“I’m all lost in the supermarket…”
In the beginning there was conversation, musings, the exchange of local words. A good story might be gathered in the morning and roasted at fireside talks over many evenings.
Words could be risky, we learned, but also nutritious, mind-blowing, and profitable. So people made petroglyphs, cuneiform clay tablets, papyrus scrolls, telegraph cables, CB radios, and personal computers. Then with smart phones and other devices we could click around the digital hive, quaff quick messages and targeted ads, tell friends which memes we like most.
Thus there was no real morning and there was no real evening, just one virtual day. Users looked at all the new apps and links and said “eew!” or “whatev” or “kewl”.
Alpha text-slingers inform me that “kewl” is no longer cool, btw. “Lol” now means “little old lady”. Funny is “ha!,” funnier is “haha!,” very funny is “hahaha!.” Nothing in this wide world is “hahahaha!,” according to in-the-know dudes.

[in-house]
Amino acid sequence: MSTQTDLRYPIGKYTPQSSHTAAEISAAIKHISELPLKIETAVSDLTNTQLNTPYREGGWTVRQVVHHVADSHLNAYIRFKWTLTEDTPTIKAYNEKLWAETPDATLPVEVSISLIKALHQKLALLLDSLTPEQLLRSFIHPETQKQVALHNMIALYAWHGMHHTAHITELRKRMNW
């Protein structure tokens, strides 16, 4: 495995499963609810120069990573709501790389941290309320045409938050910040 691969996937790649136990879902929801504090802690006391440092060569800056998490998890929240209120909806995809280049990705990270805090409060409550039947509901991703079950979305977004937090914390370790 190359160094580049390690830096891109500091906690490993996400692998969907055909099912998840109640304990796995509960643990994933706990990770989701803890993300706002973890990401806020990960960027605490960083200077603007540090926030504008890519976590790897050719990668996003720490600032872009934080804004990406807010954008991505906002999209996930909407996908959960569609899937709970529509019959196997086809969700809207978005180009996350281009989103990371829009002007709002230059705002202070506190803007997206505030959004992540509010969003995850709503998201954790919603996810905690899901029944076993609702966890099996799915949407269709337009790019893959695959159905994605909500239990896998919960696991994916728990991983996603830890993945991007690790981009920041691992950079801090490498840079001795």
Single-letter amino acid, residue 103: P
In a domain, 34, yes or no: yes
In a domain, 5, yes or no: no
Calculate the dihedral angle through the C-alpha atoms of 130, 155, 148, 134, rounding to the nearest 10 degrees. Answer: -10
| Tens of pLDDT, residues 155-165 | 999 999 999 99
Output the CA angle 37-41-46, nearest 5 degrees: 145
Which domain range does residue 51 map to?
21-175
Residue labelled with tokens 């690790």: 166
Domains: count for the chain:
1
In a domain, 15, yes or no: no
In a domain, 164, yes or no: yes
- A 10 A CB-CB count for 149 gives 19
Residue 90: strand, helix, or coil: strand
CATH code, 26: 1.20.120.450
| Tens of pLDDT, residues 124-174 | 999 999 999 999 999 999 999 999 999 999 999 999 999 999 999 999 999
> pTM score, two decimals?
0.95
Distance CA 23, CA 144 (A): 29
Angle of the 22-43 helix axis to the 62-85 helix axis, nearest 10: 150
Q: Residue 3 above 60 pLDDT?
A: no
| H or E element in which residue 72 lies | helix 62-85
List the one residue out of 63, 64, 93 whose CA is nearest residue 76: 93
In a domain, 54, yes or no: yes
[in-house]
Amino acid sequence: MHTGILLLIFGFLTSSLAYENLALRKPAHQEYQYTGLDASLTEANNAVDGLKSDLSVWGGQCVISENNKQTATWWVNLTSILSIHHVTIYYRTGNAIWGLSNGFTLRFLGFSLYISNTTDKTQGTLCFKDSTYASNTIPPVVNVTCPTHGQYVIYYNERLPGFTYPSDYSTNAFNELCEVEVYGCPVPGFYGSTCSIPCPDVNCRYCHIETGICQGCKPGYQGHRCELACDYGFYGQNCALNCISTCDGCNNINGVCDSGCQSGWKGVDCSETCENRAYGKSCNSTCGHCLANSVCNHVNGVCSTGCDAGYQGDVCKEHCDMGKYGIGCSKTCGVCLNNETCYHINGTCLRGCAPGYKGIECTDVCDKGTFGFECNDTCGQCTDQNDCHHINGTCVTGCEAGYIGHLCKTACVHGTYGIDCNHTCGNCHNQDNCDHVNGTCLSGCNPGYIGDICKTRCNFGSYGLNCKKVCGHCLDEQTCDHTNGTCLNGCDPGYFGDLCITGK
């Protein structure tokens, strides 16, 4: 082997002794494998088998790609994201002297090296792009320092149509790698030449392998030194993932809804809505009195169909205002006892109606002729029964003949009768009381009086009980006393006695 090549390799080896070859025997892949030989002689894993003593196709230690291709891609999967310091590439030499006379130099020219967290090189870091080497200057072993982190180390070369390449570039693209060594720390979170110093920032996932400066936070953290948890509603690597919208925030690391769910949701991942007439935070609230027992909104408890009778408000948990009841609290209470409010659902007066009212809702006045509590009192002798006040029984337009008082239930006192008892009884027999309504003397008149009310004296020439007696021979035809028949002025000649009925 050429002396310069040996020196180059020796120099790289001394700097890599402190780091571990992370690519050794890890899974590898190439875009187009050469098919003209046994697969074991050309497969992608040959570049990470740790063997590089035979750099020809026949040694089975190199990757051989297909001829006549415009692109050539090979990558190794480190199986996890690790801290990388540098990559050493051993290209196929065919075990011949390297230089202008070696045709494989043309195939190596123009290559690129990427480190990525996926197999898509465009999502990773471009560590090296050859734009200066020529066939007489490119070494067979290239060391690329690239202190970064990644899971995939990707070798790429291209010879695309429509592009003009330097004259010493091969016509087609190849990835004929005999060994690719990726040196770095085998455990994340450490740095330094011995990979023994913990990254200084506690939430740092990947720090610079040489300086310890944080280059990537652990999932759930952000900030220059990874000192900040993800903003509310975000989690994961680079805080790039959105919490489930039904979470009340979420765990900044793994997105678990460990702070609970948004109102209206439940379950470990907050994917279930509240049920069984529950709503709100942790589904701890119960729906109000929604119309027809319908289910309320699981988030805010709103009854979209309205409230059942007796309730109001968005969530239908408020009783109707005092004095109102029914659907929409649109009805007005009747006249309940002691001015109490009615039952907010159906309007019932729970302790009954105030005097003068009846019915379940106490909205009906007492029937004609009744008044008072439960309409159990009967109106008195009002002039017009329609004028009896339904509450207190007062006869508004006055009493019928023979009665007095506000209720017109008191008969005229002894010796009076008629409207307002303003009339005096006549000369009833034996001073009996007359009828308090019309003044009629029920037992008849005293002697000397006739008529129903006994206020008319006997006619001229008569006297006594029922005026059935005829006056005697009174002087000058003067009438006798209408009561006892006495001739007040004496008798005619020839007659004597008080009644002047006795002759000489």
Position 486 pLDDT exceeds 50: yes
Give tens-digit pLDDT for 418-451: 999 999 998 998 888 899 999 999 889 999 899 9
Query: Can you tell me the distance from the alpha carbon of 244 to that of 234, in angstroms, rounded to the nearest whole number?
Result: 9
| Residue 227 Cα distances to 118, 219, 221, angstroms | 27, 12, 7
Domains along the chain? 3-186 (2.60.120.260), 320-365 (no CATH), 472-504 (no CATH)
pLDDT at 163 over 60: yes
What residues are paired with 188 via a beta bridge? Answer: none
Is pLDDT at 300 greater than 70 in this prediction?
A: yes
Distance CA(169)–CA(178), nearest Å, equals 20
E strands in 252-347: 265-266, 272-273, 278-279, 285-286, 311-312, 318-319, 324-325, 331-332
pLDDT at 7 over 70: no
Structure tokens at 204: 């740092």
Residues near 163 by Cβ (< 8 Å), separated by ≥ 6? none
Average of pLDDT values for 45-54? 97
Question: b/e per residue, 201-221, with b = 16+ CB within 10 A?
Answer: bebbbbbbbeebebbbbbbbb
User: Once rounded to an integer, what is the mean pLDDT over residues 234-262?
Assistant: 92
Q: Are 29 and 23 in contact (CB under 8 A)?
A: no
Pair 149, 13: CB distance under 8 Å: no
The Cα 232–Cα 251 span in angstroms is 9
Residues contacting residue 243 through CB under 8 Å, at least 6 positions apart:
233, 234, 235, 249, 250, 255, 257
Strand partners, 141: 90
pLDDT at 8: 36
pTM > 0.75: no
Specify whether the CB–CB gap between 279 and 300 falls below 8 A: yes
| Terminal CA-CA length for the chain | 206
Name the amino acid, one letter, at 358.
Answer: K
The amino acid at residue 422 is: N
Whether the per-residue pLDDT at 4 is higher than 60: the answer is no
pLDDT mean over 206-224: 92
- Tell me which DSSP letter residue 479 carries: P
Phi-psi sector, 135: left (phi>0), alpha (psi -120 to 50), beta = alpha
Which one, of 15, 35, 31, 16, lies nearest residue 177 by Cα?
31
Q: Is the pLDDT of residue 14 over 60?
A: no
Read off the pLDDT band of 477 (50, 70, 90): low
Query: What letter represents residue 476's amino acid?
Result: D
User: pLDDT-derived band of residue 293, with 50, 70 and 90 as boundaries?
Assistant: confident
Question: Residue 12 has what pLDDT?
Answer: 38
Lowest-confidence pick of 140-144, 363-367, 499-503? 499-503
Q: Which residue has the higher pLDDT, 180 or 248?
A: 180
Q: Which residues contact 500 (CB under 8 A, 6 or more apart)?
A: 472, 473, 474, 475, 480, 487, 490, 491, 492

So what’s the next big code in human communication? What new nerd cereal will feed our collective chatter, once Facebook is as memorable as Myspace, and Twitter becomes a pile of binary bird-bones?
For help in answering these questions I went to Rabbi Bob (Bob Goldberg), one of the nerdiest nerds I know. He’s very enthusiastic about electronic gadgets, possibly because of childhood exposure to Crazy Eddie commercials. He also exudes a primal passion for folk culture, as demonstrated by his programming on KMUN.
Bob’s geeky grassroots ethos made him a great guy to help re-launch the Upper Left Edge. Many local residents loved the little monthly paper connecting writers and readers with our coast community. We’ve revived upperleftedge.com as a website for homegrown conversation, a place to re-root social media in the local muse.
Much of today’s online experience feels like fast food. Throughout the virtual day people screen messages at drive-through windows, big websites sponsored by big corporate chains that want us to think like big chain consumers. Public discourse is reduced to a kind of endless speed dating. We don’t pause to get to know what’s inside the packaging. No time-outs from the popularity contest to explore who we really are.
Hopefully we’re at the same tipping point with media that we were with farmers markets a few years ago. When localized, the web enables writers and readers to engage in direct exchange. It compliments our real interactions, helps us share gifts of creative produce with the village.
The ineffable “aha!” comes when I bite into a tasty comment following a fresh local post. Makes me hungry for more.
– This post also appears in the Spring 2014 edition of The Current, a quarterly publication of KMUN.